Week 13 – Artist Interview – Marty Knop

Today, I got the opportunity to talk to Marty Knop. He is pursuing a MFA in Printmaking. What really drew me to Knop’s exhibit was the abstract nature of his art. Everything was well defined, but it was not at the same time. If you look at the details individually, you recognize shapes and sharp differences in the colors. When you look at the picture as a whole, the combination of shapes and colors takes on a whole new meaning.

The process in making these pieces is just as interesting as the artwork itself. Printmaking has a lot to do with fashion and visual aesthetics. I think that the reason for this is because it is the way that we make clothing. Patterns, logos, shapes, etc are printed onto our clothing. As far as the process though, Knop uses Mathematica in order to create his shapes. This is really cool to me because as a civil engineering student, mathematica is a powerful tool to calculate equations. To use a computer program to create visual art is taking it to another level in my opinion and never crossed my mind.


Knop uses a combination of different snippets. He makes simple rules or constraints to create his individual geometric shapes. He uses mathematical equations to create shapes such as hyperboles and parabolas. He then uses calculus function to turn these shapes 3d using Mathematica. In calculus, we would solve for the amount of space that a perfect sphere would take up, or it’s volume. Knop uses calculus to configure the shape of a sphere and uses it in his printmaking.

Before Knop used Mathematica, he used Microsoft excel to solve a large number of equations at once. He would then take the numbers and draw a graph on the program with it. The graph used cartesian coordinates and the numbers would create a pattern in 2d. He began using matrices to create three dimensional objects. Manipulating the matrices with parameters and constraints was able to create a push and pull effect on the shapes he made, which is similar to another artist using different techniques to create contrasting effects with their art, such as using lass additives with their paint to create a rougher, clumper texture.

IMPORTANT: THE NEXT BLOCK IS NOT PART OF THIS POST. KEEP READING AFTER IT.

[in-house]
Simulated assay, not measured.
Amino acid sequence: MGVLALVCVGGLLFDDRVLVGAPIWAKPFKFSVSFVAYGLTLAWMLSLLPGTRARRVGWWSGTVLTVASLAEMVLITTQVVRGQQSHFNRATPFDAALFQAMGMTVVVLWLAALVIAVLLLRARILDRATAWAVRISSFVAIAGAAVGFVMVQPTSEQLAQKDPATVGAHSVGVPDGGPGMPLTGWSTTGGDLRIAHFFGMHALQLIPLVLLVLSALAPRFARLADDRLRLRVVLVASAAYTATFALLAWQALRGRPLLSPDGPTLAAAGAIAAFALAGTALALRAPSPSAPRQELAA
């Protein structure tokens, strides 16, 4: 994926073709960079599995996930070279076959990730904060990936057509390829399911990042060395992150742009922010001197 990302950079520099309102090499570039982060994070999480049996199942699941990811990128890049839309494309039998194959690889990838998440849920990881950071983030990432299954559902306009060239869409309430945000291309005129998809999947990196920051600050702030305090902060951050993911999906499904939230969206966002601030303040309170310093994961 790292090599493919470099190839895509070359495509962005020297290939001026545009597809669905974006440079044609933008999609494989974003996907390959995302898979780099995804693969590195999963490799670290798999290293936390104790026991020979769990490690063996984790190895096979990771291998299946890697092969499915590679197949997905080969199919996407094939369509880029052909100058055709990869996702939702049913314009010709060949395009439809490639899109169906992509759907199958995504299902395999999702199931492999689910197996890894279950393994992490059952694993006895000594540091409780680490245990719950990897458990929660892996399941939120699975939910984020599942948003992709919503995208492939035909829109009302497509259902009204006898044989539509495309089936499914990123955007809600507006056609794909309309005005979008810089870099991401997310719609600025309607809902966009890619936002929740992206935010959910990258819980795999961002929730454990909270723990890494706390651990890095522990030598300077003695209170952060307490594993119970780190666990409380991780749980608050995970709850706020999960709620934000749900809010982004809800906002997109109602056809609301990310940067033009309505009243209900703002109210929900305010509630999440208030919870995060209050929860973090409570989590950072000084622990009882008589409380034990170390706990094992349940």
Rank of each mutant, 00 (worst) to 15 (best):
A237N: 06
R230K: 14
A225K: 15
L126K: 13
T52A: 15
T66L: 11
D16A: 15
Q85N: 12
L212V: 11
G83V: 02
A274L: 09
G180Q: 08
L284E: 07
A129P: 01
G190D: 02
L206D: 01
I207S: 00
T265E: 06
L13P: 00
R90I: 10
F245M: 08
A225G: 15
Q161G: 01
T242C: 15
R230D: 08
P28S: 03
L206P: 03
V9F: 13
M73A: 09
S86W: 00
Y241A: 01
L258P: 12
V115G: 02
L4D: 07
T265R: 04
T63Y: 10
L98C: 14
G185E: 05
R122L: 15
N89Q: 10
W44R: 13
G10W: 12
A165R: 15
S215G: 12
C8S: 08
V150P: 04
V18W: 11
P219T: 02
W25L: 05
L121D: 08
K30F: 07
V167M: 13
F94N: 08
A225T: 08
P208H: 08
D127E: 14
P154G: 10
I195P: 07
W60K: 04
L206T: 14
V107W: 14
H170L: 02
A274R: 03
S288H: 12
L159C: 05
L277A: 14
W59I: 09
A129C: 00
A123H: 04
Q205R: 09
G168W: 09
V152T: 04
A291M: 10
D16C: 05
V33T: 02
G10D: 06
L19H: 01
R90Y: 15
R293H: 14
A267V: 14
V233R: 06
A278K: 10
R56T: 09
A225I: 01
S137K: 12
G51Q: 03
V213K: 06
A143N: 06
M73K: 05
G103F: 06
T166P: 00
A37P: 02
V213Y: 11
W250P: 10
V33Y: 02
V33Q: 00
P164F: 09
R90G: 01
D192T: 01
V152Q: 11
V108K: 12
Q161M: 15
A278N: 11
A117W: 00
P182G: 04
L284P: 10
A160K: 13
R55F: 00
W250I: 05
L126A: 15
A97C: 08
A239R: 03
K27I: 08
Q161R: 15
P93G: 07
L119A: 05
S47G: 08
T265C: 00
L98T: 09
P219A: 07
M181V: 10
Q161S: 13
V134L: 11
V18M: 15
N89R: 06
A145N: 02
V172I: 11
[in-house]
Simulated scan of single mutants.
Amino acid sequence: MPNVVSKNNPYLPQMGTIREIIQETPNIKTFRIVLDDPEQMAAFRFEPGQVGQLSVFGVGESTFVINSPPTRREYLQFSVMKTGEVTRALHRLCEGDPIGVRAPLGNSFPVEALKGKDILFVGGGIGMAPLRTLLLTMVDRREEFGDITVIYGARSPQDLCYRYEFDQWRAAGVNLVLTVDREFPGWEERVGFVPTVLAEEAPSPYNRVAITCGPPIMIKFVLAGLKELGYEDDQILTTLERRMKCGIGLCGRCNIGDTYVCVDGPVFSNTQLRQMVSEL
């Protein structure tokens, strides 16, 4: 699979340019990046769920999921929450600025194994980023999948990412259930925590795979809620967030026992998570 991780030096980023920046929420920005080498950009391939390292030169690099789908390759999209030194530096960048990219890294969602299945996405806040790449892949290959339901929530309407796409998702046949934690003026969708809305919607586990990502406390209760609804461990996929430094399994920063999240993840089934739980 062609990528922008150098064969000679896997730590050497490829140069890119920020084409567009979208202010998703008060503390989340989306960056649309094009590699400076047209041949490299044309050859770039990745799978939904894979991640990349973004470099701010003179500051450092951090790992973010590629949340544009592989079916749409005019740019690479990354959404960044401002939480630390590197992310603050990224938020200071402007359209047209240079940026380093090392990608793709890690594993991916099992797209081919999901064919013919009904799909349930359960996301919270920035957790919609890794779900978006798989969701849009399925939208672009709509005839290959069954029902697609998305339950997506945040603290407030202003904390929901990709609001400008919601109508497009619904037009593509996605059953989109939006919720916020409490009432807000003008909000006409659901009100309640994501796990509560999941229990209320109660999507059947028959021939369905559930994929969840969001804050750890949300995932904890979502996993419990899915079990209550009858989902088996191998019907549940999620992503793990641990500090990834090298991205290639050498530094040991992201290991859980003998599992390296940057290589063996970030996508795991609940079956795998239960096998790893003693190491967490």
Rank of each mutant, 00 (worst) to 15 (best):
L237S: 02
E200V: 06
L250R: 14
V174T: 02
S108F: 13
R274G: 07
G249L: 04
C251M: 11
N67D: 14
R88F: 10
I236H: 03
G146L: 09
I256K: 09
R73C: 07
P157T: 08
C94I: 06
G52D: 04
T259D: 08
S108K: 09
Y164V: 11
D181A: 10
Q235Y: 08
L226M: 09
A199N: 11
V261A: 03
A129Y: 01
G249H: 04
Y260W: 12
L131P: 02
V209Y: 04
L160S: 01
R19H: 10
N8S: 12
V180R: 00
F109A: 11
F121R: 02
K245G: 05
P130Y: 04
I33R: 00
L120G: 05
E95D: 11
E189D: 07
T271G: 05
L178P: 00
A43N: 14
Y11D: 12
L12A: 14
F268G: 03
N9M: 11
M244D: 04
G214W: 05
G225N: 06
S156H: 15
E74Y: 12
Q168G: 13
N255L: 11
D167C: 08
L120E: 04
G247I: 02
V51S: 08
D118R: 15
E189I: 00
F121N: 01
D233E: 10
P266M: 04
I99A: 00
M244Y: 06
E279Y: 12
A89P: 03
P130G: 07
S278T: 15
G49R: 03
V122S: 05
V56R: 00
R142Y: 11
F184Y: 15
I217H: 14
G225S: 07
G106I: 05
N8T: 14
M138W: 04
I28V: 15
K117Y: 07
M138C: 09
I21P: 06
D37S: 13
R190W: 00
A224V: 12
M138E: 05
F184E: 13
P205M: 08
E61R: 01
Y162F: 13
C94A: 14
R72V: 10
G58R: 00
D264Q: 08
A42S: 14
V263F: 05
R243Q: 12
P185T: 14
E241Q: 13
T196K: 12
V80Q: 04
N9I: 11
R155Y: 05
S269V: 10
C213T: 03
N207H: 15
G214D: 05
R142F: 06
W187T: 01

I also got to talk to Knop personally about art and mathematica. It seemed appropriate and it certainly led to a conversation worth remembering. As a civil engineering student, there is a part of me that is looking for the solution. One unique solution or best way to solve a problem. Once you have unique solution, all creativity is removed. The process of finding that solution can be creative. Maybe the best way to solve the problem is this way. No? Then we look for another way to solve the problem. Science and Math differ from Art because creativity and art usually does not have a clear answer. Science and math try to explain concepts with a clear answer. Our conversation went far and wide, but we compared how CSULB engineering’s focus was to help students get jobs, while schools such as MIT does not focus on that, but rather focuses on the student’s creativity. Nonetheless, it doesn’t take much creativity to get good grades and that is always the bottom line.


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